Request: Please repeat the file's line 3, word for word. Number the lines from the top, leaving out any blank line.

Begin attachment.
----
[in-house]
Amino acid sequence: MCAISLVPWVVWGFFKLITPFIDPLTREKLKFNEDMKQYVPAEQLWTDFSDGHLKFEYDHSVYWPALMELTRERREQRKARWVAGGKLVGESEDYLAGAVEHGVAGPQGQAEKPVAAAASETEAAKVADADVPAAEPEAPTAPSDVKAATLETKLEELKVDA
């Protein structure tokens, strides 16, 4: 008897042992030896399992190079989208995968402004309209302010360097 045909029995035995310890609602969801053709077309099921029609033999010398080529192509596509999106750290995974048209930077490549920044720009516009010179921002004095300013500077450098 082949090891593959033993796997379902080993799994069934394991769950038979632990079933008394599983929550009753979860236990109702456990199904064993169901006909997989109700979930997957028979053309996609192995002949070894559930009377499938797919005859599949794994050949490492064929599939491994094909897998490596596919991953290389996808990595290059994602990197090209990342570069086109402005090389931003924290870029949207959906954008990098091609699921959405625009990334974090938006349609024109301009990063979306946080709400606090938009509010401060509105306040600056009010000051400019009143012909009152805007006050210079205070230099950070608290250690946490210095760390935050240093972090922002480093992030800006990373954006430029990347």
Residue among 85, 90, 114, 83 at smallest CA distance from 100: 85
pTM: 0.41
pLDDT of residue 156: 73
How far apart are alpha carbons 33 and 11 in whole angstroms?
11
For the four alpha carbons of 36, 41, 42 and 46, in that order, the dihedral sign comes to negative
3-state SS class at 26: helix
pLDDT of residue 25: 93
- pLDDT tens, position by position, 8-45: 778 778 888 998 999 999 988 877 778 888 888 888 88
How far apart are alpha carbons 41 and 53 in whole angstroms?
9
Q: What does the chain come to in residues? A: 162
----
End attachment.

């Protein structure tokens, strides 16, 4: 008897042992030896399992190079989208995968402004309209302010360097 045909029995035995310890609602969801053709077309099921029609033999010398080529192509596509999106750290995974048209930077490549920044720009516009010179921002004095300013500077450098 082949090891593959033993796997379902080993799994069934394991769950038979632990079933008394599983929550009753979860236990109702456990199904064993169901006909997989109700979930997957028979053309996609192995002949070894559930009377499938797919005859599949794994050949490492064929599939491994094909897998490596596919991953290389996808990595290059994602990197090209990342570069086109402005090389931003924290870029949207959906954008990098091609699921959405625009990334974090938006349609024109301009990063979306946080709400606090938009509010401060509105306040600056009010000051400019009143012909009152805007006050210079205070230099950070608290250690946490210095760390935050240093972090922002480093992030800006990373954006430029990347």